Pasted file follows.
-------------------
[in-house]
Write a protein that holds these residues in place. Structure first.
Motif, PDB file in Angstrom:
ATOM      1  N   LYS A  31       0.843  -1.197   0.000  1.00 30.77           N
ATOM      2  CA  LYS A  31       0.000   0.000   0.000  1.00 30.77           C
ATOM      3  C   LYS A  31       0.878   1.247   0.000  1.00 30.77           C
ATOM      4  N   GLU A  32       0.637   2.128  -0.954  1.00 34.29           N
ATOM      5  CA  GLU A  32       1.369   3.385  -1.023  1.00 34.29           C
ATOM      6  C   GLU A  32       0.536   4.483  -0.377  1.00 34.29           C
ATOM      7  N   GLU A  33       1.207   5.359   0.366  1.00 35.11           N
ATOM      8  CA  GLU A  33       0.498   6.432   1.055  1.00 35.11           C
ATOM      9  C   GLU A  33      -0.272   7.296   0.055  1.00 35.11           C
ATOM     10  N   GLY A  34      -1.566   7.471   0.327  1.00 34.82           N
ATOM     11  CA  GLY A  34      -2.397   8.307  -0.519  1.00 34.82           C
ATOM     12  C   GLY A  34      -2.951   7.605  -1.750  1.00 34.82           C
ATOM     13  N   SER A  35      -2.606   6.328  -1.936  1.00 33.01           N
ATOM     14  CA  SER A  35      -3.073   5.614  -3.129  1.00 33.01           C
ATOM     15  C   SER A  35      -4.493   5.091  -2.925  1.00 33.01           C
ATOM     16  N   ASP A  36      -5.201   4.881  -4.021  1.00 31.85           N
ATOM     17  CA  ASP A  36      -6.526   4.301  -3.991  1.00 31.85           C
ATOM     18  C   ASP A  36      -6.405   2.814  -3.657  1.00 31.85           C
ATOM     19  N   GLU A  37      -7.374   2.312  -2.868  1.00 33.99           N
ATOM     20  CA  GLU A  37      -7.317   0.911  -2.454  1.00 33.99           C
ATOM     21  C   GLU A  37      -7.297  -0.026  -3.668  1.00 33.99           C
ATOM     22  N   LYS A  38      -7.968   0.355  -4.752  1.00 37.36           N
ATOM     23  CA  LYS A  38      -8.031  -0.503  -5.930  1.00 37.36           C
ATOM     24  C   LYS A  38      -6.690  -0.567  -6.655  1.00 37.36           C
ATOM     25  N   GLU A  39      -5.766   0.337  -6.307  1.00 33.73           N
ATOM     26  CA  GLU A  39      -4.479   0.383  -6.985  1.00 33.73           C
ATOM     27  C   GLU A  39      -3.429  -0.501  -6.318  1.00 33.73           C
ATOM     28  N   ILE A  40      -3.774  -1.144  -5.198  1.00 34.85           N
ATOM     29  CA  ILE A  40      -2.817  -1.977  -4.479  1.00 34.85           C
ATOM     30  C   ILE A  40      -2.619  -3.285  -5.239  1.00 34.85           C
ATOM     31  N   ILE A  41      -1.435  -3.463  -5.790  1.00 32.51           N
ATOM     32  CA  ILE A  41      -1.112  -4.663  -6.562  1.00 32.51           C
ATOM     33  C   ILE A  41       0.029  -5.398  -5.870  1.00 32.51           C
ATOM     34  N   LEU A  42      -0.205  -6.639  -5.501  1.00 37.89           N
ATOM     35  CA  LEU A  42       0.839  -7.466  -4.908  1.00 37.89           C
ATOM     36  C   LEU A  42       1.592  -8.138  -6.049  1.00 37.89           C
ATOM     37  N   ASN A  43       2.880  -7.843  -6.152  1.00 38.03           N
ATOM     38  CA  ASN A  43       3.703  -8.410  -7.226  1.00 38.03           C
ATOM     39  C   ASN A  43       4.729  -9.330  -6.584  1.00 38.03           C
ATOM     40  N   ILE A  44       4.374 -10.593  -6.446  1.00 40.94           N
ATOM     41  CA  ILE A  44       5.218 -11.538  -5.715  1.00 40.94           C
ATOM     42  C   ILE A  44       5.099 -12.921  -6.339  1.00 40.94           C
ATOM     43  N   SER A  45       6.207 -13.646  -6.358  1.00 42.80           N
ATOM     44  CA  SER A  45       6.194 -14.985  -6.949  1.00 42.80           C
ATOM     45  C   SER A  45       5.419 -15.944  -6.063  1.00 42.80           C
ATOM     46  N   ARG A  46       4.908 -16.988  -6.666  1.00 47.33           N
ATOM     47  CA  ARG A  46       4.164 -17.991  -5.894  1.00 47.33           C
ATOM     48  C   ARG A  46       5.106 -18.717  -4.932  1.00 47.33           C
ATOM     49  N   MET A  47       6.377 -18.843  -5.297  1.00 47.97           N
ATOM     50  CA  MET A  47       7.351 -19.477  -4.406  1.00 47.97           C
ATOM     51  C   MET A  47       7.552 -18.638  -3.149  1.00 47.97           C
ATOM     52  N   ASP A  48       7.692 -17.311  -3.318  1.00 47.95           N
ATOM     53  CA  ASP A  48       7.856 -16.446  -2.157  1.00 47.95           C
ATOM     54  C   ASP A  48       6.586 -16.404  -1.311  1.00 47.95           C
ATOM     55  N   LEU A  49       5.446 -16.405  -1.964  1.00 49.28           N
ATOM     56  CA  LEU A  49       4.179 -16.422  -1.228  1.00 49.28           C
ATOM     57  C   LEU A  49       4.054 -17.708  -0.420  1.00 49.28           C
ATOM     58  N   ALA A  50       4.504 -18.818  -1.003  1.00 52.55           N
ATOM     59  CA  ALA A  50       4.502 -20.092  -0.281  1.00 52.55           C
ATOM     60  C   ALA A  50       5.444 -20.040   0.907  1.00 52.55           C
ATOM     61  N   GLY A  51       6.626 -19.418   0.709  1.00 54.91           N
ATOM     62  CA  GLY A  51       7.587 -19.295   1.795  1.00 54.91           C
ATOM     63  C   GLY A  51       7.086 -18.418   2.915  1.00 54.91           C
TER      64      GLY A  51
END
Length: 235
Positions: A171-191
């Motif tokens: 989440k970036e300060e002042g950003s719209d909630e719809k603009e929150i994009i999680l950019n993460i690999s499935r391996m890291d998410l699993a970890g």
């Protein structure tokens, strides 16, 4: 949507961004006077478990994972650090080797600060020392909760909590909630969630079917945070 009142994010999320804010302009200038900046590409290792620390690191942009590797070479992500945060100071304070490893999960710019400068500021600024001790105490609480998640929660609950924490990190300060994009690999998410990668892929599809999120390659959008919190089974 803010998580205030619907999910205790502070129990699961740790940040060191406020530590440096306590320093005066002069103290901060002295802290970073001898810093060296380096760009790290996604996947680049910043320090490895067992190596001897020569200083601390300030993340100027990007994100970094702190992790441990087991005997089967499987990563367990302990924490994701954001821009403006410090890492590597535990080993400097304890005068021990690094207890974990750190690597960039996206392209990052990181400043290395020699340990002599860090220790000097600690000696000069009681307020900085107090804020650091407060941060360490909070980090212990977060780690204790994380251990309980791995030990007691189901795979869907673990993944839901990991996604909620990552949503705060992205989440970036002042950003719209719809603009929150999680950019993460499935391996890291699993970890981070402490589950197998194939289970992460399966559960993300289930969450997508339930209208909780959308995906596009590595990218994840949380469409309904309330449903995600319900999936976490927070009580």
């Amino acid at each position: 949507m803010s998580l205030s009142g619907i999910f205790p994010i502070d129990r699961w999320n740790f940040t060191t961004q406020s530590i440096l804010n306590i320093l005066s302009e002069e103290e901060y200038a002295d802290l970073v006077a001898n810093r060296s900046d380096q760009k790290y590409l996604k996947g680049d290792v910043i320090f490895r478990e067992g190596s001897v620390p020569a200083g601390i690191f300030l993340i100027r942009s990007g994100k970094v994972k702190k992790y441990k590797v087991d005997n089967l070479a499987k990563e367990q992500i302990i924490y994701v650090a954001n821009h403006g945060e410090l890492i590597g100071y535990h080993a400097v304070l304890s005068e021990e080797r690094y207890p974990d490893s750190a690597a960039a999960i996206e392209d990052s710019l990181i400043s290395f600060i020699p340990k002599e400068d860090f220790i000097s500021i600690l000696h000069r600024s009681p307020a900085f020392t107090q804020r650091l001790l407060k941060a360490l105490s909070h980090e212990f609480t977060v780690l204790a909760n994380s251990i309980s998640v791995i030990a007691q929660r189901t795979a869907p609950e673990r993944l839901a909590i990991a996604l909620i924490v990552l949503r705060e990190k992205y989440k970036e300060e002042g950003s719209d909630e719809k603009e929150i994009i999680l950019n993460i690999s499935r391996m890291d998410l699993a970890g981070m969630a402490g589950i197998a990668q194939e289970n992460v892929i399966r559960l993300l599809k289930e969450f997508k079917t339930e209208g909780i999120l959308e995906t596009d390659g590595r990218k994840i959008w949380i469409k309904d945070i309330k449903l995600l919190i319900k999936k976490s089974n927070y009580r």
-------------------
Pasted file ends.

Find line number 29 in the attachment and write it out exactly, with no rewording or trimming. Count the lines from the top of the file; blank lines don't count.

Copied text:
ATOM     26  CA  GLU A  39      -4.479   0.383  -6.985  1.00 33.73           C